Ac­ces­sorize your cares away

Keep your mind open to the pos­si­bil­i­ties

Winnipeg Free Press - Section G - - HOMES - CON­NIE OLIVER

AC­CES­SORIZ­ING a room has got to be one of the trick­i­est pro­cesses when re­dec­o­rat­ing your home. Too much and it’s clut­tered; too lit­tle and it’s bar­ren.

If the items are too eclec­tic, the room can be vis­ually con­fus­ing and if ev­ery­thing matches then it feels like a Step­ford Wives kind of space. The right out­come re­quires a del­i­cate bal­ance be­tween ne­ces­sity, bud­get, style pref­er­ence and place­ment.

I chose this lovely Moen bath­room pho­to­graph to­day be­cause it has a good mix of in­ter­est­ing ac­ces­sories that can be in­ter­changed in other rooms in the home. If, for ex­am­ple, you re­moved the soaker tub and shower and put in a sec­tional sofa fac­ing the tele­vi­sion unit, the room could eas­ily be a fam­ily room or den, save for the tow­els.

The les­son here is you don’t need to use items that only ‘be­long’ in cer­tain rooms. Keep your mind open to pos­si­bil­i­ties.

If we break this room down into the four cat­e­gories men­tioned above, the process of ac­ces­soriz­ing your home might be an eas­ier task than first thought. The ba­sic con­cepts be­low can be ap­plied to any room in the home.

In our fea­ture pho­to­graph, the nec­es­sary items are the tow­els and bar soap but could be any­thing from jew­elry on a bed­room dresser to mag­a­zines on the cof­fee ta­ble in the fam­ily room. Items you want ac­cess to on a reg­u­lar ba­sis are what I con­sider the ne­ces­si­ties. These items are not al­ways some­thing you de­sire as part of the dé­cor but you need them handy to make life eas­ier.

For items you want out of sight, choose dec­o­ra­tive stor­age con­tain­ers that co-or­di­nate with the room in ques­tion. If you can use these items as ac­ces­sories (like the lovely tow­els in our fea­ture pho­to­graph) then use them to your ad­van­tage. Those mag­a­zines in the fam­ily room, for in­stance, could be hung on a dec­o­ra­tive mag­a­zine lad­der for easy ac­cess and as a unique dis­play.

Bud­get-sav­ing ideas

Turn­ing ev­ery­day items into ac­ces­sories is a clever way to keep the bud­get in line.

Dis­play your dishes, pots and pans in the kitchen. Hang­ing pot racks will save cup­board space and will make you look like a real chef. Items like large, ce­ramic serv­ing plat­ters you only use a few times a year can be hung on the wall or placed on a shelf for use as an ac­ces­sory in the kitchen. Food stuffs like dried pasta, hang­ing gar­lic braids, spices, fresh fruits and veg­gies can make great ac­ces­sories when dis­played in ap­pro­pri­ate con­tain­ers.

In the bath­room, bar soaps, bath beads and crys­tals can be dis­played in dec­o­ra­tive con­tain­ers in­stead of hid­den away in a closet. Items like cot­ton balls and swabs can be stored in apothe­cary jars and placed on open shelv­ing. Tow­els and face cloths can be stacked into neat piles on open shelves or in dec­o­ra­tive bas­kets or bins. Pur­chase linens with colours that com­pli­ment the space.

Per­sonal style

You should love what you dis­play and dis­play what you love. Choose items that elicit pos­i­tive emo­tional re­sponses — great art, per­sonal trea­sures, fam­ily heir­looms, pho­to­graphs and so on. Keep within your gen­eral colour scheme as seen in our fea­ture bath­room. The leather chair’s peachy-brown colour is dot­ted through­out the room. A sim­i­lar colour (the colours don’t have to match ex­actly) is found on the wall around the shower stall and in the square soap dish, bowl and square wicker bas­ket. This colour is also found in one ac­cent towel, which is just enough not to be over­done. The other tow­els are in a neu­tral sand colour.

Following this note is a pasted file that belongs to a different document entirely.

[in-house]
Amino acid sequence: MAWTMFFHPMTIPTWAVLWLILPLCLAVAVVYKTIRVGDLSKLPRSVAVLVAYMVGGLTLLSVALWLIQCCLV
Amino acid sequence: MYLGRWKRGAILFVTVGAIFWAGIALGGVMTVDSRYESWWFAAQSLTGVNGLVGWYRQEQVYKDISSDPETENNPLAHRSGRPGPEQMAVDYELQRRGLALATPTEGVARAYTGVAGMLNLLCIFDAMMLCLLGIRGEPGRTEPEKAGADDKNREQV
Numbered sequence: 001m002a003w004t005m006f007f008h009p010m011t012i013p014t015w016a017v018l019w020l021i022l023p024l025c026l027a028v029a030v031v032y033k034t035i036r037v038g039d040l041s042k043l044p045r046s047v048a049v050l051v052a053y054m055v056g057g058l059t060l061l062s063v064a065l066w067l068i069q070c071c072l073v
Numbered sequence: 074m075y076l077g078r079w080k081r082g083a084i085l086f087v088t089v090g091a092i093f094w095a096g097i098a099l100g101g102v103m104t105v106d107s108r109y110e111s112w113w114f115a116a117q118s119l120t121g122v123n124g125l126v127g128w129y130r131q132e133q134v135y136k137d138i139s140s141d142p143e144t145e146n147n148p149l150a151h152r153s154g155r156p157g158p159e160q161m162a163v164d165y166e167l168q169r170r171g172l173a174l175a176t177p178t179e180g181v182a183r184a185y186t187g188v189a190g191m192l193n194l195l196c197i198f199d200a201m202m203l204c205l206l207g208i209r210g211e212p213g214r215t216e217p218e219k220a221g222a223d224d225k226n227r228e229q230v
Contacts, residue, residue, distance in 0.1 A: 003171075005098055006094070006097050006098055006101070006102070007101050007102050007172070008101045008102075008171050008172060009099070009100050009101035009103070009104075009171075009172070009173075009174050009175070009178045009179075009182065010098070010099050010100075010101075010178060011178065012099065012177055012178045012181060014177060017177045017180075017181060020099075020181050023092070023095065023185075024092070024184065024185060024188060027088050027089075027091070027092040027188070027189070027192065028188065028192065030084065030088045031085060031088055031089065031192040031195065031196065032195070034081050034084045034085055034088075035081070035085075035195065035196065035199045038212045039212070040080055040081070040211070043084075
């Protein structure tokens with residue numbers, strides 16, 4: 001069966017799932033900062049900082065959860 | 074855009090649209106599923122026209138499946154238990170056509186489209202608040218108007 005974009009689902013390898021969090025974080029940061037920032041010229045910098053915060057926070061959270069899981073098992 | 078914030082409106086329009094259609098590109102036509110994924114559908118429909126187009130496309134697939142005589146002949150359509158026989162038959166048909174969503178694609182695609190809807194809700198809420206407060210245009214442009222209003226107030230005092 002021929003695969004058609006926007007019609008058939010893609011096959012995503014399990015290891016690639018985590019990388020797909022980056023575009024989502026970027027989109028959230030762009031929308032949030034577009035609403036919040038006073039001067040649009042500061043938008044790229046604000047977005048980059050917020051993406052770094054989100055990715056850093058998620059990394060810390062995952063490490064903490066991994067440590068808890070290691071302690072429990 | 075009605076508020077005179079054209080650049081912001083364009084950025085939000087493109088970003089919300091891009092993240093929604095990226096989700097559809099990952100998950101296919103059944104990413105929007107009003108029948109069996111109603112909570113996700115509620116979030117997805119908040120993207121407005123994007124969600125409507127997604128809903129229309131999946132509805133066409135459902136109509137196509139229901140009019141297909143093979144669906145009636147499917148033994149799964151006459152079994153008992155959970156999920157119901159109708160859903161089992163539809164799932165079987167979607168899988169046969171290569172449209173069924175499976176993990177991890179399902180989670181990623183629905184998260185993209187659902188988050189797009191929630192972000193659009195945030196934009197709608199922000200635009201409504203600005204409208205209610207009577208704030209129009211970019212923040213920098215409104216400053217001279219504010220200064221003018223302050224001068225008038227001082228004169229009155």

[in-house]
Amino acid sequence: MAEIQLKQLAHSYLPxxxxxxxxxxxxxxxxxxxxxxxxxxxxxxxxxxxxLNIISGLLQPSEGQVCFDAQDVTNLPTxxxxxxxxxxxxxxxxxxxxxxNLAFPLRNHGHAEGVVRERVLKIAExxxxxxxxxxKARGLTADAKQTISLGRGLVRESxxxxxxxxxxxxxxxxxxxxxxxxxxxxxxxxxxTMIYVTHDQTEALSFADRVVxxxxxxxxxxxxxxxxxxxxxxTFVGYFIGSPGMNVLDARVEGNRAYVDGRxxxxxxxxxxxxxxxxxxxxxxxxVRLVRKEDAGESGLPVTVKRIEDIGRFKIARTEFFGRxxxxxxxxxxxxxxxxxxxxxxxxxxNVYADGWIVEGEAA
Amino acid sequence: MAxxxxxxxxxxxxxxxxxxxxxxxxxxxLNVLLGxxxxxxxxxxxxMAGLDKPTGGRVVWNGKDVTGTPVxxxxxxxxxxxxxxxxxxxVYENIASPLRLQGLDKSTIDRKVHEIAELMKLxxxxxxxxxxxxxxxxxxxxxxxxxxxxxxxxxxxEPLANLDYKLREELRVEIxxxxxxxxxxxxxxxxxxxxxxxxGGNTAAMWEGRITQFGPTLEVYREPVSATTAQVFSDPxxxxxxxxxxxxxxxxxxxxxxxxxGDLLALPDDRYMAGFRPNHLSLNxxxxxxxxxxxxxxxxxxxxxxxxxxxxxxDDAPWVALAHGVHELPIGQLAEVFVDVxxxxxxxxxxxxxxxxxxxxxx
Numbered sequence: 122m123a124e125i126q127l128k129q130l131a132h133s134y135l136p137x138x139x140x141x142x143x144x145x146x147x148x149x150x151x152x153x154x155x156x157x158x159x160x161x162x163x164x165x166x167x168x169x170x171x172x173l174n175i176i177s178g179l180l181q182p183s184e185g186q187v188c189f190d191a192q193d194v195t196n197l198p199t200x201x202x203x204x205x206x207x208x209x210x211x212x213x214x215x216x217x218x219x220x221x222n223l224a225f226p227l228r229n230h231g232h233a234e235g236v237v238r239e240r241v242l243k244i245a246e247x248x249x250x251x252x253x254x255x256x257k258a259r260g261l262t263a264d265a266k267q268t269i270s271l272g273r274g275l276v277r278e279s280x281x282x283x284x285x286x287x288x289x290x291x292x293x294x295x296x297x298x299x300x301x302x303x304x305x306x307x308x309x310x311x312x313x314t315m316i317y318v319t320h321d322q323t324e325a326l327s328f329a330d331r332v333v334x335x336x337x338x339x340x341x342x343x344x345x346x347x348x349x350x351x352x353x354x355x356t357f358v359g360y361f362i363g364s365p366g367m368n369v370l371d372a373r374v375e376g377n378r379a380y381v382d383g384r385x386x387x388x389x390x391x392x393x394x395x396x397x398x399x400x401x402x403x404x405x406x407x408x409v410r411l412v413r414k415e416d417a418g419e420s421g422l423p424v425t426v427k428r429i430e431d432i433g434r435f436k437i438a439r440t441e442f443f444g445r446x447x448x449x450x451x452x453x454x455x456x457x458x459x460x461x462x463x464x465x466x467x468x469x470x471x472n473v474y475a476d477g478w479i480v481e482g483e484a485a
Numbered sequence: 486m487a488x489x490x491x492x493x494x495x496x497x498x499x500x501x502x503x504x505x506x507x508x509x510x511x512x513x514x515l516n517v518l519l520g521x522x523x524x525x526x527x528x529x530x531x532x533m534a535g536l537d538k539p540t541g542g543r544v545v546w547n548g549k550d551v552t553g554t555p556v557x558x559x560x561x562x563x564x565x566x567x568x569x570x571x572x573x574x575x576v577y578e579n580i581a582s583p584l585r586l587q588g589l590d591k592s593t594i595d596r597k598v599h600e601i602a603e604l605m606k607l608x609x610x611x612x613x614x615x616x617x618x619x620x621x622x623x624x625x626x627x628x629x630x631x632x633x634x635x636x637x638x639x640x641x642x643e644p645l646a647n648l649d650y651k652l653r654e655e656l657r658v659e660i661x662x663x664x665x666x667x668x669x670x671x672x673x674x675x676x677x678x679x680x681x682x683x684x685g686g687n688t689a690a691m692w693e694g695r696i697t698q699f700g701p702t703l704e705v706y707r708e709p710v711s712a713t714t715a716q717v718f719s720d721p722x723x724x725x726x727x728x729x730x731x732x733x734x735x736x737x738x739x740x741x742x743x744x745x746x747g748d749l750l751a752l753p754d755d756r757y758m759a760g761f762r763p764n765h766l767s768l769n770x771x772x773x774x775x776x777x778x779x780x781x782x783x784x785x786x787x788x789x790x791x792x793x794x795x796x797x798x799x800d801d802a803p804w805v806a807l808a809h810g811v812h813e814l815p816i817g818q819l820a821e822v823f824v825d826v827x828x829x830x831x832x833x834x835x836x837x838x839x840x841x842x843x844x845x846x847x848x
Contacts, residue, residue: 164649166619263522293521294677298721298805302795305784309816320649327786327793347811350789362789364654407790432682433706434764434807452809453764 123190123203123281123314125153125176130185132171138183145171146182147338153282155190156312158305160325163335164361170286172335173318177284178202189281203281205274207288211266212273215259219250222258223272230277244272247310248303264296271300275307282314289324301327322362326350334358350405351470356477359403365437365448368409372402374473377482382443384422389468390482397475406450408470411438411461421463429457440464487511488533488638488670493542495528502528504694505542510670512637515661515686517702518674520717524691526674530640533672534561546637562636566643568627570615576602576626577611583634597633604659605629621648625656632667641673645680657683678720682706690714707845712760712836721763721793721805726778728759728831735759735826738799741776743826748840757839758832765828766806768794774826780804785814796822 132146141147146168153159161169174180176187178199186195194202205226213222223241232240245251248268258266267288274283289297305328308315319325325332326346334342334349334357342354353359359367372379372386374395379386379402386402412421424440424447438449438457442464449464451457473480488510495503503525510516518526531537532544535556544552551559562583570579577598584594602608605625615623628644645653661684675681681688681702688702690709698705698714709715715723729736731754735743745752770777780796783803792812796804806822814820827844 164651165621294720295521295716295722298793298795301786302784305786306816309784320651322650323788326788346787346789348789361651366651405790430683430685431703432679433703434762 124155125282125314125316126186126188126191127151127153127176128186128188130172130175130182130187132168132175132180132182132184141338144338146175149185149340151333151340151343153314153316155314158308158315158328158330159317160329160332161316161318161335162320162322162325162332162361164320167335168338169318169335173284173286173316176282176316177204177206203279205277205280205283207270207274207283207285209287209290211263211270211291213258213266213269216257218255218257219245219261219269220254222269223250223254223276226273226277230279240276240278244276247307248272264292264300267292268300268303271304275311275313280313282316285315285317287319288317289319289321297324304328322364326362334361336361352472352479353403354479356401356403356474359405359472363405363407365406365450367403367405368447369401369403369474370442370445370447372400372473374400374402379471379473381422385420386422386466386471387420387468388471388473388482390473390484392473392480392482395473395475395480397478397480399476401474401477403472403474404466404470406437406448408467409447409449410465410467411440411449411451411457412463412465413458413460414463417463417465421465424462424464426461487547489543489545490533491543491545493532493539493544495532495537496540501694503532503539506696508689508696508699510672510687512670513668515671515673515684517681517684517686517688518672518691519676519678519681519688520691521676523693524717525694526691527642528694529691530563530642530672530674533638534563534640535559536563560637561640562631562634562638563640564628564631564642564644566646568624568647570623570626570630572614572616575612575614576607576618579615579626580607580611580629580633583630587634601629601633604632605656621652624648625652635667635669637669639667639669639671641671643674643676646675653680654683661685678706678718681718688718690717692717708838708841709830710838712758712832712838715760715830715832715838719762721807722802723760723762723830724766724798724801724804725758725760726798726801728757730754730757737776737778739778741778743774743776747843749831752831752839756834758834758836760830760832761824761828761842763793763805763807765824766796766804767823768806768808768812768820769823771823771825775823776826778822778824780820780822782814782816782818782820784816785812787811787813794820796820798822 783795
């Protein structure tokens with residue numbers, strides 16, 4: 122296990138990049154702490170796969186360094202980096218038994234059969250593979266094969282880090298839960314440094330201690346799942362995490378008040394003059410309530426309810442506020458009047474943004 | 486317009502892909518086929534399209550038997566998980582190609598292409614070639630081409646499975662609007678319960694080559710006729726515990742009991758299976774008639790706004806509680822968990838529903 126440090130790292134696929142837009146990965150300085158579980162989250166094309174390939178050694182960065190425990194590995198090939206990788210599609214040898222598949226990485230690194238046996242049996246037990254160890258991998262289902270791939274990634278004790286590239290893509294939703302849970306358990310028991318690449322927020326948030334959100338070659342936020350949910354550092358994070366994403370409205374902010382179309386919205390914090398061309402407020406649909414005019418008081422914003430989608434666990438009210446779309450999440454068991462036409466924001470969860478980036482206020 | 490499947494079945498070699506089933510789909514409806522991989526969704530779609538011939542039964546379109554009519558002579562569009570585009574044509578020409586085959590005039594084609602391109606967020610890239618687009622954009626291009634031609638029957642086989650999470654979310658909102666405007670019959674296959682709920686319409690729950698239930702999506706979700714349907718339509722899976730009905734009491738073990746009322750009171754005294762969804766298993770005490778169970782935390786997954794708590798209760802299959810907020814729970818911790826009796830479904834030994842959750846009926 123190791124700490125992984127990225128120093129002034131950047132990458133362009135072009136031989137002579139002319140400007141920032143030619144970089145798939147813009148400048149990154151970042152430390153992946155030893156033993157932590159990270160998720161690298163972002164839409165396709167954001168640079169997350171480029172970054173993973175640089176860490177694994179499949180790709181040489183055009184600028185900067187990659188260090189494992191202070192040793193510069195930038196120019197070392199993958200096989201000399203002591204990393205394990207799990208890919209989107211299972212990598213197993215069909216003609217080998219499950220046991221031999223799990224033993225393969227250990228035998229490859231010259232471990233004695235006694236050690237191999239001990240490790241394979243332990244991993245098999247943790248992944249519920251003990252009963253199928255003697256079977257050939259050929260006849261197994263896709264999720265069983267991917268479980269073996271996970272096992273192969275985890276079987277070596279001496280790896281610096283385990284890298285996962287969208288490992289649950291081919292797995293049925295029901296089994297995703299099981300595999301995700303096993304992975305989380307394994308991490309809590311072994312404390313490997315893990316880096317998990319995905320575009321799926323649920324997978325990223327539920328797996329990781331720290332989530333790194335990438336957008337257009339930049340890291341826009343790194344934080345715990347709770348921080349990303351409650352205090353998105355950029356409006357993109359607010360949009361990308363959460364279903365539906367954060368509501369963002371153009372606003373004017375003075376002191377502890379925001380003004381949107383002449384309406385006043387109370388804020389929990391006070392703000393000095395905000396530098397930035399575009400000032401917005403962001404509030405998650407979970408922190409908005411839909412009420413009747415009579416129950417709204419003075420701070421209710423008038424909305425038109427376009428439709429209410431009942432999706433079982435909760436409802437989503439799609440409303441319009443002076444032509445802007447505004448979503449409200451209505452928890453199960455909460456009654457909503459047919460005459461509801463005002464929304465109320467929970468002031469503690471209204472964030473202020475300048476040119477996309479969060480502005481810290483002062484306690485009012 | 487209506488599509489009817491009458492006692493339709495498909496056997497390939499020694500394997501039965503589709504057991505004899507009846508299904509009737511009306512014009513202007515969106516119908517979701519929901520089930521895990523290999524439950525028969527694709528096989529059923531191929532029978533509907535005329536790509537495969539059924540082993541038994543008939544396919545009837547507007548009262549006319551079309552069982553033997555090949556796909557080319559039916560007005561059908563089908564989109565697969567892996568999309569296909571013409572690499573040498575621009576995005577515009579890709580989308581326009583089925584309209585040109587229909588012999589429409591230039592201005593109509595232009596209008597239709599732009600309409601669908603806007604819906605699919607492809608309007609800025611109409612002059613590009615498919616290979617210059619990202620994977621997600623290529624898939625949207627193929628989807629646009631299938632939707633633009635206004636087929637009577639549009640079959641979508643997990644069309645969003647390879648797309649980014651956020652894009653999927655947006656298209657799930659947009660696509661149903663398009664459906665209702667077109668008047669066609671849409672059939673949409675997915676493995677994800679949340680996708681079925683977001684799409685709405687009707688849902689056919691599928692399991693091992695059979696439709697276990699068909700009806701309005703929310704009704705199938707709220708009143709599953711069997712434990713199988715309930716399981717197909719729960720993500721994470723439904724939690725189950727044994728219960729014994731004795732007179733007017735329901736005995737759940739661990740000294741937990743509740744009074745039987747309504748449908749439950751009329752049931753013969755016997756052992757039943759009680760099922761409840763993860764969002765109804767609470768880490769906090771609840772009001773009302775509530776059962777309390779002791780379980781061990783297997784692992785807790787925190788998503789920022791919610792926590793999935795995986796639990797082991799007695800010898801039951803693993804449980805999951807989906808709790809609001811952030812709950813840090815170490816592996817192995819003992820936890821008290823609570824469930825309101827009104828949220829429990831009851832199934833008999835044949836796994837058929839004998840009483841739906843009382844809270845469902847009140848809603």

Stick to a cen­tral theme if you’re over­whelmed by the choices. This bath­room is quite Zen and bodes ac­ces­sories that work within that theme, for ex­am­ple.


Try to mix things up with re­gard to size, shape and form. Our fea­ture room boasts a large, wooden scroll­work plate, which has lots of tex­ture and move­ment jux­ta­posed with a soft white vase with wavy lines and no de­tail. The two op­po­sites re­ally at­tract. The ad­di­tion of dried twigs in the plain vase adds dra­matic height and a nat­u­ral el­e­ment.

To bal­ance the vi­gnette, a third ac­ces­sory is added. (Three items is al­ways a good num­ber to use when plac­ing items for dis­play.) A long, low-pro­file tea-light holder is placed at the base and slightly to the right of the two larger pieces to cre­ate vis­ual in­ter­est. These three items re­ally have noth­ing in com­mon but work well to­gether when placed cor­rectly.

Try to choose a few large-scale items rather than a smat­ter­ing of small items to keep things sim­ple and stylish. The in­clu­sion of some square items (soap dish, dec­o­ra­tive bowl) rather than the ex­pected round coun­ter­parts is a nice touch de­tail.

What is in­ter­est­ing about most of the ac­ces­sories in this room is they are not what you would con­sider ‘bath­room’ ac­ces­sories but they all work in this room. There are no hard and fast rules for dis­play. You just have to play around with the place­ment of ac­ces­sories un­til you end up with an eye-catch­ing ar­range­ment. The more you prac­tise the bet­ter you’ll get at it.

If what you’re do­ing is just not com­ing to­gether, study lots of dé­cor pho­to­graphs on­line or in mag­a­zines and de­con­struct the pho­tos as we’ve done here. Once you get your eye trained to find scale, form and colour pal­ettes, the rest will be a cake­walk.

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